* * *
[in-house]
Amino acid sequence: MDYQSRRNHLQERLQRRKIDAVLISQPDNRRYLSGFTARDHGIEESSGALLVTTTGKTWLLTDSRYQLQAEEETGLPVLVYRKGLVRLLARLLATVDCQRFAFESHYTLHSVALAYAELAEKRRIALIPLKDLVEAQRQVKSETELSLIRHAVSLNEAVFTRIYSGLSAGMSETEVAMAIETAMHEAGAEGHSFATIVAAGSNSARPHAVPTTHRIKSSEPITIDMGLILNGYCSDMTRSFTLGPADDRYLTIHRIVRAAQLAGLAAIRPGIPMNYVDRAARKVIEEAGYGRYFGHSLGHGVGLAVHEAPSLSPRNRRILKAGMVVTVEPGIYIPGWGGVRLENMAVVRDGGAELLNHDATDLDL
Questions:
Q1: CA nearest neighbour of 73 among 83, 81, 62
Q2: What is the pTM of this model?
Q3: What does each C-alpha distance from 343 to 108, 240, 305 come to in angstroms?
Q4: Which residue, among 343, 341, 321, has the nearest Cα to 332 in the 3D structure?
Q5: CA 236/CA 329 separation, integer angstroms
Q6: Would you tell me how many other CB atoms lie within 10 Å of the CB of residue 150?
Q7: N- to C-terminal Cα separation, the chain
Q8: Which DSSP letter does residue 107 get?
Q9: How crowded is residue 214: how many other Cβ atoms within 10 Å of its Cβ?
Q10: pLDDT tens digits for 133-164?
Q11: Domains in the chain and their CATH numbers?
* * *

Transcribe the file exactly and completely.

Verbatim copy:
[in-house]
Amino acid sequence: MDYQSRRNHLQERLQRRKIDAVLISQPDNRRYLSGFTARDHGIEESSGALLVTTTGKTWLLTDSRYQLQAEEETGLPVLVYRKGLVRLLARLLATVDCQRFAFESHYTLHSVALAYAELAEKRRIALIPLKDLVEAQRQVKSETELSLIRHAVSLNEAVFTRIYSGLSAGMSETEVAMAIETAMHEAGAEGHSFATIVAAGSNSARPHAVPTTHRIKSSEPITIDMGLILNGYCSDMTRSFTLGPADDRYLTIHRIVRAAQLAGLAAIRPGIPMNYVDRAARKVIEEAGYGRYFGHSLGHGVGLAVHEAPSLSPRNRRILKAGMVVTVEPGIYIPGWGGVRLENMAVVRDGGAELLNHDATDLDL
Questions:
Q1: CA nearest neighbour of 73 among 83, 81, 62
Q2: What is the pTM of this model?
Q3: What does each C-alpha distance from 343 to 108, 240, 305 come to in angstroms?
Q4: Which residue, among 343, 341, 321, has the nearest Cα to 332 in the 3D structure?
Q5: CA 236/CA 329 separation, integer angstroms
Q6: Would you tell me how many other CB atoms lie within 10 Å of the CB of residue 150?
Q7: N- to C-terminal Cα separation, the chain
Q8: Which DSSP letter does residue 107 get?
Q9: How crowded is residue 214: how many other Cβ atoms within 10 Å of its Cβ?
Q10: pLDDT tens digits for 133-164?
Q11: Domains in the chain and their CATH numbers?